FEBRUARY 26, 2010
This Week in Health Care Reform
Lawmakers returned to Washington this week in advance of the much anticipated Health Care Summit. Meanwhile, President Barack Obama released his own proposal for reforming the U.S. health care system.
As the health care reform debate continues to take shape this year, we encourage you and others to engage members of Congress by visiting the Health Action Network.
President Obama's Health Care Bill
President Obama Releases New Health Care Proposal in Time for Health Summit: On Monday February 22, 2010, White House officials unveiled a new health care reform overhaul that builds on the Senate version passed last Christmas Eve, with some changes aimed at pleasing House Democrats who had concerns with the Senate bill. The President's proposal does not include the public option, despite the hopes of Senate Democrats, due to White House concerns that the provision will hinder passage in the Senate. President Obama ignored requests by Republicans to scratch the Democratic plan and start over. As such, Republican leaders questioned Democratic motives and labeled the bill as a massive government takeover of America's health care system.
Republicans Insist House Democrats Don't Have the Votes to Pass Legislation: Minority Whip Eric Cantor (R-VA) announced on Wednesday that Democrats don't have the necessary votes to pass the President's proposal in the House because of three new House vacancies and lagging support among some moderate Democrats. At issue for some Democrats are weaker abortion provisions in the President's proposal as well as the ongoing controversy over passing a bill by a simple majority, a process known as reconciliation.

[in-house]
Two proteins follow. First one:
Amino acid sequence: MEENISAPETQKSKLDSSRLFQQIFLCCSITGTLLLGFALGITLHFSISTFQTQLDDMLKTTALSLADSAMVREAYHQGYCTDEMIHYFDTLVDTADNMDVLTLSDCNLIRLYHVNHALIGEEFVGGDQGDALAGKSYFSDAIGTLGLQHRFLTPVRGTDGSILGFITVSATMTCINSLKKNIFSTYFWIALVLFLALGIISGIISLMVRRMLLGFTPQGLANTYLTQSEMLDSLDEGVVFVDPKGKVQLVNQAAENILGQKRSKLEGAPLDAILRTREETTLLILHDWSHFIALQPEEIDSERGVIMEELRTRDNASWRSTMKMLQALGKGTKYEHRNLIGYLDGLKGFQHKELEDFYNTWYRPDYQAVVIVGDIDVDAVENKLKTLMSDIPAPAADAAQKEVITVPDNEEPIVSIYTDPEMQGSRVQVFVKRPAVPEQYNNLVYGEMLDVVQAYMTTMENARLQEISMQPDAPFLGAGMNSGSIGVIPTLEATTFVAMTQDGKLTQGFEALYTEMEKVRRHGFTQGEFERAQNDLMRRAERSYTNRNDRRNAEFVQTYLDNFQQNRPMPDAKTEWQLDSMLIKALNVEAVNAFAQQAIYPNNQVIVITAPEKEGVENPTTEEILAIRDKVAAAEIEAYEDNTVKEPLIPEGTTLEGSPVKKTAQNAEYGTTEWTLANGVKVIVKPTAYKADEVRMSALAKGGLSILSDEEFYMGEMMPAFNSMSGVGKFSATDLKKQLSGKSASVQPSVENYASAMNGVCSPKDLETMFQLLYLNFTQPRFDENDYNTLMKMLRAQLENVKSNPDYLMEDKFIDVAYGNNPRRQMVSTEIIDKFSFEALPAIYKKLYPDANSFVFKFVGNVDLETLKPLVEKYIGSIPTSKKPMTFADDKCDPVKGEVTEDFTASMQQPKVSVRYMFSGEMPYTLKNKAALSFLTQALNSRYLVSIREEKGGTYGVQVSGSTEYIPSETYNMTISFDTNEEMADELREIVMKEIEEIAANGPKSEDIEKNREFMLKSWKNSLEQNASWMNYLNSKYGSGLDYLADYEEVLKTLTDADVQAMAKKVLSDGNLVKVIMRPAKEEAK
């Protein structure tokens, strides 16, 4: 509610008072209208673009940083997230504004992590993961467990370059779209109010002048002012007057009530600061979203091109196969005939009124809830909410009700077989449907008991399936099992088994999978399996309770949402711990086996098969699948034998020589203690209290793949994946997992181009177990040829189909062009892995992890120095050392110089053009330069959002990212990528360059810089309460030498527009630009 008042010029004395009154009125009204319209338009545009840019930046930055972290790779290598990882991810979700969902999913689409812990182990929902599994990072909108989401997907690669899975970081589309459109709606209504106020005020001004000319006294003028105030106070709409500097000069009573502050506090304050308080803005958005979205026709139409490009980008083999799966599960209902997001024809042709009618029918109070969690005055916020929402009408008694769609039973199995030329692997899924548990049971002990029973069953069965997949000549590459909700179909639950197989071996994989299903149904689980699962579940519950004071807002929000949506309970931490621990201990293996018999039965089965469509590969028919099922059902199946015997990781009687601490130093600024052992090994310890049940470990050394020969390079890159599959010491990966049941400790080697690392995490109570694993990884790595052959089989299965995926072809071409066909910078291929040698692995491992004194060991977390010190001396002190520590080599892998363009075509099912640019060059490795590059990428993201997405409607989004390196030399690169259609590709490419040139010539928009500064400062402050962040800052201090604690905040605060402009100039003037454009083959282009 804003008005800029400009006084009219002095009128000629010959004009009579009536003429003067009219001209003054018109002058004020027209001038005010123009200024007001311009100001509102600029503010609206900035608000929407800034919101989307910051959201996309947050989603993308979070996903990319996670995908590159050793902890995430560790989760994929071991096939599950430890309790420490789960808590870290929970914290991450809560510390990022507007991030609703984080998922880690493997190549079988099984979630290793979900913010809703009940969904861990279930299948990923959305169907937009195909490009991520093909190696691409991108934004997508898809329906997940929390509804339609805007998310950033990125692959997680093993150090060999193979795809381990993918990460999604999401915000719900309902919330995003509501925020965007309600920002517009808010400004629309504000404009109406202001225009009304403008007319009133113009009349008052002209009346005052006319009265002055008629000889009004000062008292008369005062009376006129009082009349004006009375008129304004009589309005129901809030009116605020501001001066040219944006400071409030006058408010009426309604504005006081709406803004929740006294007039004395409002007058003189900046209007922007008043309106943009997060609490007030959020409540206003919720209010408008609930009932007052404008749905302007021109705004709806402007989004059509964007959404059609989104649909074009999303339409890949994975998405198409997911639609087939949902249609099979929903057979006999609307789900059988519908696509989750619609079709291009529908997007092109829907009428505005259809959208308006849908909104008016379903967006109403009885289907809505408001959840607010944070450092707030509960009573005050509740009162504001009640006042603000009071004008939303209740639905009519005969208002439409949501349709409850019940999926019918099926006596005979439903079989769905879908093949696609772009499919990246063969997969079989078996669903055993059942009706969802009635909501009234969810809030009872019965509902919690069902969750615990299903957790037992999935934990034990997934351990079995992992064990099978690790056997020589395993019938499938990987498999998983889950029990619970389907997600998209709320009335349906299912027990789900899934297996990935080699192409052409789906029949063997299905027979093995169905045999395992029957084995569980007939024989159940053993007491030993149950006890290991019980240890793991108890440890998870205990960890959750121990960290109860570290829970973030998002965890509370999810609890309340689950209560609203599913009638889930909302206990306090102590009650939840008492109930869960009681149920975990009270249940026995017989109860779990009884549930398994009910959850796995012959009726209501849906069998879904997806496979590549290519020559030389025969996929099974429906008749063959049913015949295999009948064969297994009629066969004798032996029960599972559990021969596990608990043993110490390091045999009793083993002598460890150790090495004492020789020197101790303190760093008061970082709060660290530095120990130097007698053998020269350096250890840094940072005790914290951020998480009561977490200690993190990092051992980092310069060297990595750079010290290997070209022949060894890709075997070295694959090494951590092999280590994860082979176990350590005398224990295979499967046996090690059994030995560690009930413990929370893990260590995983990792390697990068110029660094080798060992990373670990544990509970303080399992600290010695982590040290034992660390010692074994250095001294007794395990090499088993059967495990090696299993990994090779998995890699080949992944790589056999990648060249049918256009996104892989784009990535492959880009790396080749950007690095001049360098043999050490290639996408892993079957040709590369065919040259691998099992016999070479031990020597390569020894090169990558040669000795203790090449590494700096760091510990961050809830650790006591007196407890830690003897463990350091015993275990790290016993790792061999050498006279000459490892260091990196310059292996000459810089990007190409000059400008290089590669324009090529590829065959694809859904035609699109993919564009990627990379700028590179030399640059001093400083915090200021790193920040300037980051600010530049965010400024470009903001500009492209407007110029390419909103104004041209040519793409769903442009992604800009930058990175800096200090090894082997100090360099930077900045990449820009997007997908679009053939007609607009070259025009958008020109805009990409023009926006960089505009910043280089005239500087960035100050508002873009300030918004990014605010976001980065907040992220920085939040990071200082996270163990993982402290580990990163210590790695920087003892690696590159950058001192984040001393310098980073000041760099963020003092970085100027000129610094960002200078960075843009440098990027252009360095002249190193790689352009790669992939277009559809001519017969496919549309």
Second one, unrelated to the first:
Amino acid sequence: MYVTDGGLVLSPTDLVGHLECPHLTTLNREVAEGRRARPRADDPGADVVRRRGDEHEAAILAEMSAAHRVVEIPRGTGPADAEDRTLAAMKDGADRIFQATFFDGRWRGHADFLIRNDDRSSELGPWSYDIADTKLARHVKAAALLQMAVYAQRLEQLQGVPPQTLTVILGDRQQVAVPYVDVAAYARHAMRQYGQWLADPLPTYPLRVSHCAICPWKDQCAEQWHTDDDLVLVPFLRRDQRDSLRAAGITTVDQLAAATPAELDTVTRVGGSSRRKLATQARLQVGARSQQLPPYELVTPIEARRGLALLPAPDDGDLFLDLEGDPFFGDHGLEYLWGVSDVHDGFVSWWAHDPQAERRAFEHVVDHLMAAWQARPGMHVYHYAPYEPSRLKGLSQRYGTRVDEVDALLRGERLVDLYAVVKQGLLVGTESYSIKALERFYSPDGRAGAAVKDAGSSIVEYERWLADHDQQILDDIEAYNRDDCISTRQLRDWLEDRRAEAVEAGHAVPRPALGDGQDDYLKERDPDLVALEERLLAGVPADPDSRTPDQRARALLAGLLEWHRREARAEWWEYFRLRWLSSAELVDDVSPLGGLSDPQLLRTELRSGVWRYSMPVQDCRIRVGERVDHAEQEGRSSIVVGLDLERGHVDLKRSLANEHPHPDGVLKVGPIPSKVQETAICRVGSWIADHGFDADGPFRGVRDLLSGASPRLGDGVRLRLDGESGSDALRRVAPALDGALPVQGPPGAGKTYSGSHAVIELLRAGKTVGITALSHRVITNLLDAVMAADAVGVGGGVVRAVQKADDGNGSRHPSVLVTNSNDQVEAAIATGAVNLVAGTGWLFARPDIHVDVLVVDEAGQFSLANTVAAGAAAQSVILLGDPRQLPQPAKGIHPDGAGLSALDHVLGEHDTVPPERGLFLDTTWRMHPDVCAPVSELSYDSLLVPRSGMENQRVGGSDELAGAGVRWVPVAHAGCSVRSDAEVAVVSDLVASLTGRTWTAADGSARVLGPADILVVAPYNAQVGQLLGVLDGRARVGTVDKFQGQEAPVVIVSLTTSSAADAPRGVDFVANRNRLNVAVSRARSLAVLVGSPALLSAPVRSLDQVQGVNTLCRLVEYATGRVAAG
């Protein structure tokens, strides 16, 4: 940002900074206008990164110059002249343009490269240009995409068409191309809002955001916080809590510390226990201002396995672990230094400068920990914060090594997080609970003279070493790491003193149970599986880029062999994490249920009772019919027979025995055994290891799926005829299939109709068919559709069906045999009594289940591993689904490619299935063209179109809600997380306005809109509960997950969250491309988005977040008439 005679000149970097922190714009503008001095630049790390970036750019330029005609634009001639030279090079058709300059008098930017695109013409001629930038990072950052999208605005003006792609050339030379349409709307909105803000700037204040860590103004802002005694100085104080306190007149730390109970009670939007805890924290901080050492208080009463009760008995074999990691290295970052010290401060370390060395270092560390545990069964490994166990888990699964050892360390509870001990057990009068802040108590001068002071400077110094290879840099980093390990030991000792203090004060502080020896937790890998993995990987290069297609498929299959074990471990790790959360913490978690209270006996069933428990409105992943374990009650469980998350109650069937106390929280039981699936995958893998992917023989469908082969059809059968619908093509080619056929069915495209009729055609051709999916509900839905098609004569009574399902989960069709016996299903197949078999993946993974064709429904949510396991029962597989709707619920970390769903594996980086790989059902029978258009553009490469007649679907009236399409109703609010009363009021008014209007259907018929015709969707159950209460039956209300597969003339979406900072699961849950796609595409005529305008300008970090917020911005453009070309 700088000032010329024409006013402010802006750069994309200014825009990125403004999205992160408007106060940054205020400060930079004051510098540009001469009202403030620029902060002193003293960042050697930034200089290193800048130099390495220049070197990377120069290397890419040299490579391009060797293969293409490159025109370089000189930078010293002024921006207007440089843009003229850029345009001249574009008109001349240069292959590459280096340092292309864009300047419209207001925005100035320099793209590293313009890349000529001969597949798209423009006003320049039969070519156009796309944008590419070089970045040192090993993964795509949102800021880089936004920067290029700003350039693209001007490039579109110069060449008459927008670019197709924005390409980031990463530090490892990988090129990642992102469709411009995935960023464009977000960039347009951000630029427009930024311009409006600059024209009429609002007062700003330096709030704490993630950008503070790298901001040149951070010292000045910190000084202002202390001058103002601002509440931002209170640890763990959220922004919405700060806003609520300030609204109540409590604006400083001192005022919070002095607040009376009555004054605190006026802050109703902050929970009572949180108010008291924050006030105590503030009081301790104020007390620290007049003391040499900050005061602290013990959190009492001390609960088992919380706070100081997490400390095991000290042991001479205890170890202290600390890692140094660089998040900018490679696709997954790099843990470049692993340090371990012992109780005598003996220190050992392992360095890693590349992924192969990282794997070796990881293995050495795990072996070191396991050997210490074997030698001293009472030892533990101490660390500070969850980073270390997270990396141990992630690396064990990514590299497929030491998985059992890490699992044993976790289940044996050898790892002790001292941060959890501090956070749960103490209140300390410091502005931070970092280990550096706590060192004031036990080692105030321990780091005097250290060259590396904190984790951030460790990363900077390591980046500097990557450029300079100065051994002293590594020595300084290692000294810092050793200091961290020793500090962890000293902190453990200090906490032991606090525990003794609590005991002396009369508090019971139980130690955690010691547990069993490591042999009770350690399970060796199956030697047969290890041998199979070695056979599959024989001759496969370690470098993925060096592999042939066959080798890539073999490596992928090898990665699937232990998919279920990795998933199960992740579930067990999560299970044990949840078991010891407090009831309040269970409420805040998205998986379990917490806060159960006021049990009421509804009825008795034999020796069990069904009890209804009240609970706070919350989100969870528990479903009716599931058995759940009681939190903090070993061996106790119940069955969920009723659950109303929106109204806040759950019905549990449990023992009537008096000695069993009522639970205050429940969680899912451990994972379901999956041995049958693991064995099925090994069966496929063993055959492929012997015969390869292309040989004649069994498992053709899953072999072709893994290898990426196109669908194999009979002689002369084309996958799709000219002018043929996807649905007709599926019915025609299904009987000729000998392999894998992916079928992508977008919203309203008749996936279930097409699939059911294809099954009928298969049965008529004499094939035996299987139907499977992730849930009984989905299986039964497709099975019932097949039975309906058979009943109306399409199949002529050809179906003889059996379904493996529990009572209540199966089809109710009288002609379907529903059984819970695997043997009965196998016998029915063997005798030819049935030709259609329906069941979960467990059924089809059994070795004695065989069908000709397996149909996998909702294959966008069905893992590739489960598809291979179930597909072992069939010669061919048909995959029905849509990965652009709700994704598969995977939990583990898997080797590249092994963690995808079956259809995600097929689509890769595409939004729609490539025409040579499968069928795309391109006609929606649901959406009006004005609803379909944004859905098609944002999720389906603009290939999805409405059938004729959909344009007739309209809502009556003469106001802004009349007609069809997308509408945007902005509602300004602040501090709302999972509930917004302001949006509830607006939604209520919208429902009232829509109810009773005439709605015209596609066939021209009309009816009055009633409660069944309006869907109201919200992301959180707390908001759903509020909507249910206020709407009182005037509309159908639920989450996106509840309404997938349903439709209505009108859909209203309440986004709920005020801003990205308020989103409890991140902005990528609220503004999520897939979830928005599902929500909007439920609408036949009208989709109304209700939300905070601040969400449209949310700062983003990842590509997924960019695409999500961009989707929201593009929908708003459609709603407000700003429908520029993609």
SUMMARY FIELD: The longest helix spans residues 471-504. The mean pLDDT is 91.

Health Care Summit Preview
On Thursday, the President's Health Care Summit began at 10:00 a.m. with opening comments from the President, followed by remarks from both Republicans and Democrats. The discussion centered on four themes: controlling health care costs, overhauling the insurance market, reducing the deficit and expanding insurance coverage. Prior to Thursday, several top Republicans and some Democrats stated that expectations were extremely low for the Summit's success.
House Republicans arrived armed with their own version of a health care bill that encourages small businesses to join together to buy insurance, gives federal money to states to run high-risk pools for those unable to obtain private insurance and limits damages in medical malpractice lawsuits. The Republican plan would cost $61 billion and cover three million people over ten years. In contrast, President Obama contends his plan would cost $950 billion and cover 30 million people over the same time period. However, officials at the Congressional Budget Office (CBO) indicated they would not be able to officially score the President's proposal with just a summary - that legislative language is needed.
Note: A full summary of the results from the Health Care Summit will be included in next week's newsletter
WellPoint Executives Defend Premium Increases: On Wednesday, the House Energy and Commerce Subcommittee on Oversight and Investigations held a hearing to examine the proposed health insurance premium increases by Anthem Blue Cross in California. Anthem, a WellPoint subsidiary, recently informed subscribers in California that premiums for individual insurance policies would be raised an average of 25 percent, with some rates going up as much as 39 percent. Angela Braly, president of WellPoint , said the premium increases were justified by soaring medical costs, and that pending legislation could make the problem worse, driving up costs further for young, healthy people.
"Raising our premiums was not something we wanted to do," Ms. Braly said . "But we believe this was the most prudent choice, given the rising cost of care and the problems caused by many younger and healthier policyholders dropping or reducing their coverage during tough economic times. By law, premiums must be reasonable in relationship to benefits provided, which means they need to reflect the known and anticipated costs they will cover."